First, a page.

The spotlight was firmly planted on Amundi this week after a report by climate campaigners Reclaim Finance poured scorn over its claim to be an environmental leader following its €825m acquisition of French rival Lyxor.
The hard-hitting report, titled Amundi: an investigation into Europe’s biggest investor, found the deal means assets not covered by Amundi’s exclusionary coal policy will rise by 84% following the purchase.
The report also highlighted “weaknesses” in the group’s engagement policy with coal companies and said it voted at the annual general meetings of 13 coal developers last year, voting in favour of 78% of the resolutions, including mining giant Glencore, despite its commitment to continue its coal operations beyond 2050.
The claims contradict several of Amundi’s climate projects, including the Net Zero Asset Managers’ initiative while at the same time setting itself a target of reaching net-zero by 2050 and cutting its CO2 emissions in half by 2030.
Lara Cuvelier, sustainable investment campaigner at Reclaim Finance, said: “If Amundi wants to be a climate leader, it needs to fix its passive problem, stop supporting the expansion of fossil fuels and get tough with big polluters.
“Amundi might be a poster boy for the French financial sector on climate, but its record is nothing to be proud of.”
A spokesperson for Amundi said: “We will apply our exclusion policy to the assets we are acquiring from Lyxor. Therefore, we are extending our sustainability policy to even more assets than before.
Will China roar in the Year of the Tiger?
Investors will be wondering if it will be a happy new year for China equities in 2022 after a tumultuous 2021 in which it booked double-digit losses. The Chinese government’s tech crackdown with the goal of engineering a sustainable growth trajectory cast doubts about the prospects and unpredictability of investing in China.
However, JP Morgan stated it expected China's growth stock momentum to bottom out in Q4 2021 and said it was looking for a strong rebound in Chinese activity from the Q3 2021 low.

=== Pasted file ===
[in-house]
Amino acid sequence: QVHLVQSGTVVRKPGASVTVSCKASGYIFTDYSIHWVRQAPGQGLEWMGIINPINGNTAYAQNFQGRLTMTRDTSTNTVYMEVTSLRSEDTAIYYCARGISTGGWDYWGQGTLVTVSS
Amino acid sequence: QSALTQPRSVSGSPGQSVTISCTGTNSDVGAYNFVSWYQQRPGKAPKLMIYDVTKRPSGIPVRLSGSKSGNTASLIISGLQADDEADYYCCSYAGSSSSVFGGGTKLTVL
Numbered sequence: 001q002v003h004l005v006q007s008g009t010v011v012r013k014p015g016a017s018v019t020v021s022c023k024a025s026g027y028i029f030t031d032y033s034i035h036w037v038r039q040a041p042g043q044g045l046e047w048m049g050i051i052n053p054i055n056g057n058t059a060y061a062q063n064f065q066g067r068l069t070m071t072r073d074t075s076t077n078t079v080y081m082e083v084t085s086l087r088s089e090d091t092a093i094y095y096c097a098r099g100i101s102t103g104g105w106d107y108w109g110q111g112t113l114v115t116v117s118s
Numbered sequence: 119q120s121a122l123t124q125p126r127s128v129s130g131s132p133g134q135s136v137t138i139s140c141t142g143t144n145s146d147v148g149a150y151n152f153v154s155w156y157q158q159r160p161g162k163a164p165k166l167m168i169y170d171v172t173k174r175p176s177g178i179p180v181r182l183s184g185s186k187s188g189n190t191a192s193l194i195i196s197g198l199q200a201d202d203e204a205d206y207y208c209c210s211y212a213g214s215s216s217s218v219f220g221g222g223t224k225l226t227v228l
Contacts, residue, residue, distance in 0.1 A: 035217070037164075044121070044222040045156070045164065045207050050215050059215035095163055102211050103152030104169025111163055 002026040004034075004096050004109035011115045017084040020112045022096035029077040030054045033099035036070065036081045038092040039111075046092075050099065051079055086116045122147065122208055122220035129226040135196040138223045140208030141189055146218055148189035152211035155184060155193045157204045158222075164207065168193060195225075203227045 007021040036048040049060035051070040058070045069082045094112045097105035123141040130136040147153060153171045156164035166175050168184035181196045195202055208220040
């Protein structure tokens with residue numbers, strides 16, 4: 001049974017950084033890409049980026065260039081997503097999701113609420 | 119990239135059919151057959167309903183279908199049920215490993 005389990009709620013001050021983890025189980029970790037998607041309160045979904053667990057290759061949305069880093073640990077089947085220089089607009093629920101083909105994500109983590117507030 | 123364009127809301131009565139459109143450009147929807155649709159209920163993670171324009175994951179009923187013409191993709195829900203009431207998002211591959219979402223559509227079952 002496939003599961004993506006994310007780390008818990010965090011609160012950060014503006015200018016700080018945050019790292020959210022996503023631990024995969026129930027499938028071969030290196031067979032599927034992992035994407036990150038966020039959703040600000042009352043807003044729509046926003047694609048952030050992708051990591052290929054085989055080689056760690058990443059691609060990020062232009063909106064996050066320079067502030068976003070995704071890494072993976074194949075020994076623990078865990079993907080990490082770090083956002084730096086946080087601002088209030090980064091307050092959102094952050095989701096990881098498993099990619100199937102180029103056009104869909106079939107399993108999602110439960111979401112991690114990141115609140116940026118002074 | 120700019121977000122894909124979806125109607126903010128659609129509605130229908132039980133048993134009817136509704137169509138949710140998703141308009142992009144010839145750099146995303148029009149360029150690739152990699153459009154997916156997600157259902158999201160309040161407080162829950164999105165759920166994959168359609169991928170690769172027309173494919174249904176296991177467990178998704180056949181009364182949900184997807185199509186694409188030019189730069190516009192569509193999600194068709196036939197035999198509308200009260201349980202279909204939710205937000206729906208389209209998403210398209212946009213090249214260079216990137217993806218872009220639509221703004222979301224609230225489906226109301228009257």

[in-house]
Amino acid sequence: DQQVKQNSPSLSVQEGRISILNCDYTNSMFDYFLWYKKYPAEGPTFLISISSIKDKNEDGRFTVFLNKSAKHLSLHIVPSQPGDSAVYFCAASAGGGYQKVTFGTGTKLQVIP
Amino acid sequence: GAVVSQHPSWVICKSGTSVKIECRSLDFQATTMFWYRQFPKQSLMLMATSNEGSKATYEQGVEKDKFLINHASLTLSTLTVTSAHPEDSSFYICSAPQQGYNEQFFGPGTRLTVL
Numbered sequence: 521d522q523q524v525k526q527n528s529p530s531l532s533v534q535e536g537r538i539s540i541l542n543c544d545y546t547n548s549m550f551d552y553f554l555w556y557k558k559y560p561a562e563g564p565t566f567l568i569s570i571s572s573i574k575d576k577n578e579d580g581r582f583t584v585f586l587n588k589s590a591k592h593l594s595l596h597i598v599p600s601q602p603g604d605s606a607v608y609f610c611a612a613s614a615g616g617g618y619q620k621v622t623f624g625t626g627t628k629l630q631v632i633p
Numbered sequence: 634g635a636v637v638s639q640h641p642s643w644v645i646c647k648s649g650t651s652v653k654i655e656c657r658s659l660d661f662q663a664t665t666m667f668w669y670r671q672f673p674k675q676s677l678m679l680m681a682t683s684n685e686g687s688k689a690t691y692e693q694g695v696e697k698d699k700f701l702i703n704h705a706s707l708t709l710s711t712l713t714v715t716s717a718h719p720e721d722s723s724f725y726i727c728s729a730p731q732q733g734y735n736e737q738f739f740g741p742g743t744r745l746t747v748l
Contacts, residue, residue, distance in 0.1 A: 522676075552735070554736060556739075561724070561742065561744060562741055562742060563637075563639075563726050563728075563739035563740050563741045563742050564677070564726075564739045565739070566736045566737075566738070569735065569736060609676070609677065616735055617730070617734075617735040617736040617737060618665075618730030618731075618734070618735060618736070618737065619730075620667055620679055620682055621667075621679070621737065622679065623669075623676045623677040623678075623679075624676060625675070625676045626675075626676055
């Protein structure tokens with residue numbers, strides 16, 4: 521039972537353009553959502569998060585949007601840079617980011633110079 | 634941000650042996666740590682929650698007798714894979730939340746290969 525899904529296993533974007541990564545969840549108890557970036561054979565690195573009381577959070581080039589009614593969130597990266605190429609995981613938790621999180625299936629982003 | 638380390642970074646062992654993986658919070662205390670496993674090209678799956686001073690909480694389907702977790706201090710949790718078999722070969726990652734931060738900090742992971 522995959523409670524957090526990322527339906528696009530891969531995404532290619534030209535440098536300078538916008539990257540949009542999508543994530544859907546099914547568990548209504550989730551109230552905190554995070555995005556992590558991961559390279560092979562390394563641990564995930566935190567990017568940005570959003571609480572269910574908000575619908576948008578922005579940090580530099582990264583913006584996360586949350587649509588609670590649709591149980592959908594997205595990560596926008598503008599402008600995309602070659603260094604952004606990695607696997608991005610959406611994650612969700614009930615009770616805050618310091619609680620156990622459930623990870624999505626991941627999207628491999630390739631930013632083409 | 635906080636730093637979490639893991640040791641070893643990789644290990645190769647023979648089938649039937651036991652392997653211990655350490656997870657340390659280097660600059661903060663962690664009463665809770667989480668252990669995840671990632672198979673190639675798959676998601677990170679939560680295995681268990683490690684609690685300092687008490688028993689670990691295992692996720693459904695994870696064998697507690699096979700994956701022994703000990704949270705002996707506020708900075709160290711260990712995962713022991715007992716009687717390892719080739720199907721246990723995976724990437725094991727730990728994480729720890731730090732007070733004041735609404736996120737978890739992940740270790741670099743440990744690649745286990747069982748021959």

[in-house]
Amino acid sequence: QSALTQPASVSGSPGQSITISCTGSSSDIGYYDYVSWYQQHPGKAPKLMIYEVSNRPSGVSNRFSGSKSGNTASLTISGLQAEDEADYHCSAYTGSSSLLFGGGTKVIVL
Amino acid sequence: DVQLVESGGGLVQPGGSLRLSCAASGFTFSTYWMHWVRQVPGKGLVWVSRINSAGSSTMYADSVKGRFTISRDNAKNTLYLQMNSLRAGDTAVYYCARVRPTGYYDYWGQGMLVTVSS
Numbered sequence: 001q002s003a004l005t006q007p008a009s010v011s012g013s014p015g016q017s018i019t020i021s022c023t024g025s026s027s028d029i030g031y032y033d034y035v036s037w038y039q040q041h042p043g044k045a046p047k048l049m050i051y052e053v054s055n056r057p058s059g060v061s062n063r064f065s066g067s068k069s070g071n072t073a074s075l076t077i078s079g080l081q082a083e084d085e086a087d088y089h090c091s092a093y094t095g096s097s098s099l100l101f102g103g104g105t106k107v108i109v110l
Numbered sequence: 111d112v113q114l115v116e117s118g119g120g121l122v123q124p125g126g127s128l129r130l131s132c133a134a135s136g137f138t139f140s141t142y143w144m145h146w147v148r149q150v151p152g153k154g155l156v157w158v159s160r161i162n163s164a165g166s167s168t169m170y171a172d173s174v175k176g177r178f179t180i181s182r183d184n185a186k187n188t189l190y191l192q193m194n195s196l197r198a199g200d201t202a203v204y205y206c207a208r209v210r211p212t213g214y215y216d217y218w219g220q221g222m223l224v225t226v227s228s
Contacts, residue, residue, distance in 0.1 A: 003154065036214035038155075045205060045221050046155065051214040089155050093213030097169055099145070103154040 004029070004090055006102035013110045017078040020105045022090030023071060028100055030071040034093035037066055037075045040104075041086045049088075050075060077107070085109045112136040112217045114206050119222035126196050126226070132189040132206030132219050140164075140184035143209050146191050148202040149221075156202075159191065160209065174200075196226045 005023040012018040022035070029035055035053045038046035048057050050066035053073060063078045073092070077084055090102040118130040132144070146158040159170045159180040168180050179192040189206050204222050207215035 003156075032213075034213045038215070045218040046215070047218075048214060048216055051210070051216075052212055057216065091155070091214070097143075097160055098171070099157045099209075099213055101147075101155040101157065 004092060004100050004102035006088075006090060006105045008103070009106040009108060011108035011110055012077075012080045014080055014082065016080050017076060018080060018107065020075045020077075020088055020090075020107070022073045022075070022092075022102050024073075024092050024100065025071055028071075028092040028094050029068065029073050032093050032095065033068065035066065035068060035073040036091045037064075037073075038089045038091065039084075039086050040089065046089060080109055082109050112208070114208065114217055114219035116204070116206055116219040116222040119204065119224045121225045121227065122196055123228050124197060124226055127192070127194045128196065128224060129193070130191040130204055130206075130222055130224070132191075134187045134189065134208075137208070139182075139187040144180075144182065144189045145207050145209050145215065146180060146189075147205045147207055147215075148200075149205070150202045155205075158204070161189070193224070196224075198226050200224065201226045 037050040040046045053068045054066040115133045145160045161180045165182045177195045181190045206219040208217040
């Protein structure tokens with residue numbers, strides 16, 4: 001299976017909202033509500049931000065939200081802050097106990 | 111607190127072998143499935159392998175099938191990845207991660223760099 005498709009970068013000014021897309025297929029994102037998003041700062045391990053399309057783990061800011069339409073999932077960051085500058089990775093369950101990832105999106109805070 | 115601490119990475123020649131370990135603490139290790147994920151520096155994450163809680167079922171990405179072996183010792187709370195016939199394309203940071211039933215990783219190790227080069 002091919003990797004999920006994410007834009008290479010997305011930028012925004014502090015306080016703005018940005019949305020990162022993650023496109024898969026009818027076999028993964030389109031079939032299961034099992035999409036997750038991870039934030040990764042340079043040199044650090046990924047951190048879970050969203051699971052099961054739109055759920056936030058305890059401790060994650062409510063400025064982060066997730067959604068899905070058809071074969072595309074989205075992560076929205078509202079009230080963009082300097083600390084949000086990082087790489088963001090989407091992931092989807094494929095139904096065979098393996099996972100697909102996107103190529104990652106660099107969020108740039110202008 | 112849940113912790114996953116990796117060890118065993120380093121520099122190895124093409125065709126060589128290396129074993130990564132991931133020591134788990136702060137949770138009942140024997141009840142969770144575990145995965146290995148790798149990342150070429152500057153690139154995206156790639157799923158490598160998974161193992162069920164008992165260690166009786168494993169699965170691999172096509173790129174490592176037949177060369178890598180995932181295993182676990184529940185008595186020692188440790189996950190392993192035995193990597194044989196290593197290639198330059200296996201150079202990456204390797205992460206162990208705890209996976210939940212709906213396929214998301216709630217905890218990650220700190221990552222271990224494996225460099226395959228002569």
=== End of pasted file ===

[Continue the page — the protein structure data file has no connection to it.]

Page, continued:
Meanwhile, Mike Shiao, CIO of Asia ex-Japan at Invesco, said improved clarity in the communications surrounding regulatory changes creates “attractive buying opportunities” to companies less targeted by regulatory action such as eCommerce and food delivery.
One aspect that could help ETF investors navigate the market would be further product development, particularly in China’s $15trn corporate bond market. Despite opening its doors to foreign investment, challenges remain, especially when looking to assess the credit quality of the underlying companies.
Big hires for Amundi and Morningstar
Two hires captured the attention of the ETF industry this week, the first was the appointment of Arnaud Llinas to head up its ETF business after he joined the firm as part of the Lyxor acquisition earlier this month.
In his new role, Llinas (pictured) will be responsible for leading the combined ETF arm which runs over €182bn assets under management (AUM), as of the end of December 2021. Amundi’s previous head of ETF, indexing and smart beta Fannie Wurtz has been promoted to head of distribution and wealth division in the passive and alternative business lines.
Elsewhere, industry giant Thomas Kuh was named global head of ESG index strategy at Morningstar, in a newly created role, where he will be responsible for advancing the global ESG strategy of the indexing business while harnessing the “broad ESG strengths of Morningstar”.
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